The living legacy of one of the last of the truly great all-around
triple-threat stars in college football history is very much in evidence
at Newport Harbor High these particularly glorious gridiron days for the
unbeaten (12-0-1 and counting) 1999 Sailors.
Senior tight end-nose guard-defensive end and student body president
Brad Lansdell Craig and his younger brother, sophomore reserve
quarterback Morgan Earl Craig, both members of Coach Jeff Brinkley's
high-rolling varsity which duels Irvine Friday night for the CIF Division
VI championship, are grandsons of USC legend Grenny Lansdell.
Grenville Archer Lansdell Jr., WWII hero and All-American tailback in
the old Howard Jones Thundering Herd power-plus single-wing offense in
1939. And today a member of the Daily Pilot's Sports Hall of Fame,
celebrating the millennium.
Lansdell died in 1983 of complications from Alzheimer's, but his name
lives on in Southern California. Mary Lansdell, his widow and grandmother
of the Craig brothers, as well as mother of their mother, Brett, still
resides in her and Grenny's longtime home just around the corner from
Newport Harbor High.
To say he was "one of the last of truly great all-around triple-threat
stars" is hardly an exaggeration as the triple-threaters vanished with
the dinosaur shortly after 1940 when Coach Clark Shaughnessy reintroduced
the T-Formation at Stanford and it swept all of football as Frankie
Albert led the Indians to a 21-13 victory over Nebraska in the Rose Bowl
New Year's Day 1941.
Although Lansdell was listed as a quarterback by Jones, he was clearly
a "tailback in the single-wing, taking every snap to run, pass or punt
(the classic triple-threat).
He was also the deep safety in the standard 6-2-2-1 defense of the day
and returned punts. Simply enough, football was another game prior to the
1940 revolution and the monumental interruption of WWII.
There were no free substitution, no facemasks, the helmets were
primitive pieces of thin leather and you could enter and exit only once
Lansdell was the master combination of power runner, passer, punter,
especially adept at the then popular and often employed "quick kick," and
he was a sure tackler and extremely dangerous in the open field returning
"Grenny Lansdell is the best all-around player the Trojans have had in
the history of the university," wrote Hall of Fame sportswriter Braven
Dyer for The Times in 1939, the ultimate bouquet from a journalist who
had just about seen and covered them all up to that point in USC's
Another mark of Jones' Thundering Herds was that he always had three
or four top "quarterbacks" every season and frequently rotated them so
each got a piece of the action.
After the 1939 Trojans routed Stanford, 33-0, losing coach Tiny
Thornhill said, "USC has the best football team in the country. In fact,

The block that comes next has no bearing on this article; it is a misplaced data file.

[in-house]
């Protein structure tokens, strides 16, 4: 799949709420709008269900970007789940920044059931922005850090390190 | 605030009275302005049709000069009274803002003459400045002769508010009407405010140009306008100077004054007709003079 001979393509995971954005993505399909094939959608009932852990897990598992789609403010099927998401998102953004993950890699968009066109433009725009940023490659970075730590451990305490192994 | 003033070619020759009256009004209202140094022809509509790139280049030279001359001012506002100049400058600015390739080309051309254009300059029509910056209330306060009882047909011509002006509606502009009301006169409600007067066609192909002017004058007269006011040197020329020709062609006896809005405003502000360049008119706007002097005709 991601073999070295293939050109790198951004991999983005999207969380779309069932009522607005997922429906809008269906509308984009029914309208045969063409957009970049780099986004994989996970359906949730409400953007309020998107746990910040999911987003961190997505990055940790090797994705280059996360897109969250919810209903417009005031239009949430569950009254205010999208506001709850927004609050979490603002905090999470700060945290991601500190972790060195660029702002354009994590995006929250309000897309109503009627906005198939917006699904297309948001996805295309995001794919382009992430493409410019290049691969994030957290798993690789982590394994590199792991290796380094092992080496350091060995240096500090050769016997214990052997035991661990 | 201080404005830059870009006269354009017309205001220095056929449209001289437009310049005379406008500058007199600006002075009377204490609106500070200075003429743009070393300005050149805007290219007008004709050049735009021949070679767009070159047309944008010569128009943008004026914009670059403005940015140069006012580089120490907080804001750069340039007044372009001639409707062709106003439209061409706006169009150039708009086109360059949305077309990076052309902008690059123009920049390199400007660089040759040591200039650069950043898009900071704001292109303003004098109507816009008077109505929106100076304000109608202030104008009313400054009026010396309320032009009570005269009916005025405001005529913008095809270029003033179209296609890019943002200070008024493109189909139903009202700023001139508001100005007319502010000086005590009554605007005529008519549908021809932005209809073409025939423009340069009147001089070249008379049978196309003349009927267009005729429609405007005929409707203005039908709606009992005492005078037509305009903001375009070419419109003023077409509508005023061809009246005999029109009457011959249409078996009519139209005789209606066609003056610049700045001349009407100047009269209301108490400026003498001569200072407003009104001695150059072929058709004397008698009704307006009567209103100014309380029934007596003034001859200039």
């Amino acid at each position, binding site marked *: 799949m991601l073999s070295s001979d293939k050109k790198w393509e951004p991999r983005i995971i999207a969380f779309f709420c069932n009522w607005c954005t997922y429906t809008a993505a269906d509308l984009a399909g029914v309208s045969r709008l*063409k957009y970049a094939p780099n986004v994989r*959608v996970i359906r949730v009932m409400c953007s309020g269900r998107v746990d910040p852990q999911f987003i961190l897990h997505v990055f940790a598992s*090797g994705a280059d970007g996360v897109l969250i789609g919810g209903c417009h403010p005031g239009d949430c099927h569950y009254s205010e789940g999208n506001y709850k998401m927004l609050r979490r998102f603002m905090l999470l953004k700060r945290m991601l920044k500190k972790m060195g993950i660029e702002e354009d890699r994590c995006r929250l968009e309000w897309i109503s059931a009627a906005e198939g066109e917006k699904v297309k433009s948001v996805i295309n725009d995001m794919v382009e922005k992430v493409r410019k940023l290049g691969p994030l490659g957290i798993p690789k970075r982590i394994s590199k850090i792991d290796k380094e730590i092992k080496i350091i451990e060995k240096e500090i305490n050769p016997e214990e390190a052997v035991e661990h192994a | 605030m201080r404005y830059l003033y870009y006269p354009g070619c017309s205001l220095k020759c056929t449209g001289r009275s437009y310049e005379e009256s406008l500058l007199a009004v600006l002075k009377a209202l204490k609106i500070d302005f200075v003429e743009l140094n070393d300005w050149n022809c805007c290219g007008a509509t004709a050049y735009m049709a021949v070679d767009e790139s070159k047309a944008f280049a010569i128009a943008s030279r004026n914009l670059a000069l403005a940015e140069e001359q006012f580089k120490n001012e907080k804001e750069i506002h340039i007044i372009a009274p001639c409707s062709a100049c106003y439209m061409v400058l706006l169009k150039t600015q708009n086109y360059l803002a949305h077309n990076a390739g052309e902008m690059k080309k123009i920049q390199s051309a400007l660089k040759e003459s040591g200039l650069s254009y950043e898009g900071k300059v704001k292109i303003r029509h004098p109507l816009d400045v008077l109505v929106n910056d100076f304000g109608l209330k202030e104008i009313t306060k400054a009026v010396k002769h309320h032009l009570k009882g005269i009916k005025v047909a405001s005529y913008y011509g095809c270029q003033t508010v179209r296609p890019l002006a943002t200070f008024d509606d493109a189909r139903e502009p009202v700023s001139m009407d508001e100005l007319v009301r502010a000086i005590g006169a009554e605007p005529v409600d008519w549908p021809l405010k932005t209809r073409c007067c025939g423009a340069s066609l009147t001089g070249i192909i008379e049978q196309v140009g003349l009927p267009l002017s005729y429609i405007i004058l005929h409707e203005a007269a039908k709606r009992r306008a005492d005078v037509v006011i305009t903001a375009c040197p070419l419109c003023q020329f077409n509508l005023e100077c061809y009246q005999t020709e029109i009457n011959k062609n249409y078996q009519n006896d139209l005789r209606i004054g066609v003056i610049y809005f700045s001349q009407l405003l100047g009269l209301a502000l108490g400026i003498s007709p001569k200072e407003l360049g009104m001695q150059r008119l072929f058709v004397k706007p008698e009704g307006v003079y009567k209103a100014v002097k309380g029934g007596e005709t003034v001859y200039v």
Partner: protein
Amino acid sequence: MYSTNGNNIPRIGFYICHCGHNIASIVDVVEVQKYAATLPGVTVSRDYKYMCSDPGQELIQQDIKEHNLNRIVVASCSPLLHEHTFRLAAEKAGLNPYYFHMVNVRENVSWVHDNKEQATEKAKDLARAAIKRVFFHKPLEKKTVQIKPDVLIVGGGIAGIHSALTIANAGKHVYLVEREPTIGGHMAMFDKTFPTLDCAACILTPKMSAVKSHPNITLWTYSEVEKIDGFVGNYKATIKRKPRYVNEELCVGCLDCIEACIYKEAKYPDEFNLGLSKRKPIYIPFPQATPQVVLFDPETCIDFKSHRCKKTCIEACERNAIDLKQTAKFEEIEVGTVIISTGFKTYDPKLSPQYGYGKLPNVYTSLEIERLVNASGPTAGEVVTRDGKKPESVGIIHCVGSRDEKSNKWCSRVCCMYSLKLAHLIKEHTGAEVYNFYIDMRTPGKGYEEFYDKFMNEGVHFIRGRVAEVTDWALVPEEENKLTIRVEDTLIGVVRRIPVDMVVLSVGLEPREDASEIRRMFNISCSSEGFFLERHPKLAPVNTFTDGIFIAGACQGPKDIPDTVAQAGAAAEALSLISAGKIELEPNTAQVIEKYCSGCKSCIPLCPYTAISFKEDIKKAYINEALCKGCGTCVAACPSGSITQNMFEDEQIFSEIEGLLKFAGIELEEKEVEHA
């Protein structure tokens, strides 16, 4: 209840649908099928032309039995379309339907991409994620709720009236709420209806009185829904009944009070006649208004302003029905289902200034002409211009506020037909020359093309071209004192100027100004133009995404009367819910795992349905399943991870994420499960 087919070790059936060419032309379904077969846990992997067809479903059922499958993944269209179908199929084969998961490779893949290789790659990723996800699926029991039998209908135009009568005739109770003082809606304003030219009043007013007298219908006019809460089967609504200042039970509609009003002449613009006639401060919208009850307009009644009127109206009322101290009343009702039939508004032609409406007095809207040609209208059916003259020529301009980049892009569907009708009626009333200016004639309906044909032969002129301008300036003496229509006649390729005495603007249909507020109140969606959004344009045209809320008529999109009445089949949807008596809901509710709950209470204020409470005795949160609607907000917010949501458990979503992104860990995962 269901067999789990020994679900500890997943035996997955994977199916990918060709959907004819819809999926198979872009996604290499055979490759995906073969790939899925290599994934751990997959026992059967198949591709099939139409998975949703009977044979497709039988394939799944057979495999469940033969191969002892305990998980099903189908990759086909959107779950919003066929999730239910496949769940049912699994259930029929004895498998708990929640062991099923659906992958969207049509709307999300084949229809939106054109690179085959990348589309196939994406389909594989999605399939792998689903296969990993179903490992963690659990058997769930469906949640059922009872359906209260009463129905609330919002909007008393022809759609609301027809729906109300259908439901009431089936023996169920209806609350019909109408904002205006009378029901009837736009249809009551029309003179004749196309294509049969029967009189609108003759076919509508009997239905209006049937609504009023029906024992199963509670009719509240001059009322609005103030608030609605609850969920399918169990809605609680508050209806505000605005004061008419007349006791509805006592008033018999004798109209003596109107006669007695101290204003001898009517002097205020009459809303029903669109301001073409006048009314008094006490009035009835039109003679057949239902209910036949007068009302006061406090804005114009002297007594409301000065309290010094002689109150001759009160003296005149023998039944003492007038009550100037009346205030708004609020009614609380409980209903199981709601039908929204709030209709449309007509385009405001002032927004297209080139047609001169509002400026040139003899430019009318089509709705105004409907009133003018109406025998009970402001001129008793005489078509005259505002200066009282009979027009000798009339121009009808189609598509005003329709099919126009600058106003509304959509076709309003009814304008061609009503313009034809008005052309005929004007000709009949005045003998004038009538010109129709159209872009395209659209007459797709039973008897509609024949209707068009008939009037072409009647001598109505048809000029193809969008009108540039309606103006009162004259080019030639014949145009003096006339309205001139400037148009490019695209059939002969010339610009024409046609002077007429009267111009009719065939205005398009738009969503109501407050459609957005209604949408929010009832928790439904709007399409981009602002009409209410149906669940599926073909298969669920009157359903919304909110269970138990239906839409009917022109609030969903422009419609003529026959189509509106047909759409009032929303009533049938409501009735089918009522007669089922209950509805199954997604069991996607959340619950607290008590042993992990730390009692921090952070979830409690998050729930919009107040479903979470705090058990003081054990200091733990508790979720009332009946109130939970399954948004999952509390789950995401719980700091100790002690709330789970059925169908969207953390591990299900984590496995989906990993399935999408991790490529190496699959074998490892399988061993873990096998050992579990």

USC has the best THREE football teams in the country."
Although Lansdell shared his job with such players as Schindler,
Mickey Anderson, Ollie Day and Doyle Nave during his three varsity
seasons, he was USC's leading ground gainer during the 1938 and 1939 Rose
Bowl seasons and was the team's leading passer all three years in
1937-38-39. He topped 1,000 yards in total offense in '39 (1,221), not
done again for another 10 years until Jim Powers.
It was such a different game in that era that statistics are
relatively meaningless in comparing them with today's numbers. They
didn't even keep punt return, kickoff return or interception stats until
1950, and punting records weren't kept until 1941.
But Lansdell, a Pasadena native out of Pasadena JC, would have been
No. 1 in those categories, too. He had an 83-yard punt return for a
touchdown in 1938 against Ohio State that was the key to Troy's 14-7
victory. His 70-yard TD punt return was USC's only score in a 7-6 loss to
Washington on a rainy day in Seattle that same year. He went 56 yards for
a touchdown with an interception against Oregon State in a 19-7 win over
the contending Beavers in 1939.
Another of his specialites was the coffin corner punt, and he had one
go out on the Duke 1-yard line in the 1939 Rose Bowl.
It was "fourth-stringer" Nave who completed the dramatic late passes
to Al Krueger for the storybook 7-3 triumph over the previously
undefeated, untied and unscored upon Blue Devils that day, but it was
Grenny who hit Bob Peoples with a clutch pass for a first down on the
Duke 34 with two minutes to go that set it all up.
With no specialists and the athletes going both ways, it was tougher
to pick All-American teams in the '30s. There were no wide receivers and
no flankers, just right and left ends. And just 11 "two-way" complete
players to the first team.
Bill Stern's 1939 All-American backfield featured Michigan's Tom
Harmon, UCLA's Kenny Washington and USC's Grenny Lansdell.
Grenny was picked No. 1 by the New York Giants in the 1940 NFL draft,
but got in only one pro season before the war. He soon became Capt.
Lansdell flying for the Army Air Corps, mostly piloting the big
transports moving troops to crucial battle fronts in the Pacific Theater.
After the war, settling down in Newport Beach in 1947 with new bride
Mary, a former Texas beauty queen he first met when she was a flight
attendant on his TWA crew, still Capt. Lansdell, he flew for the airline
until the first signs of his illness in 1978.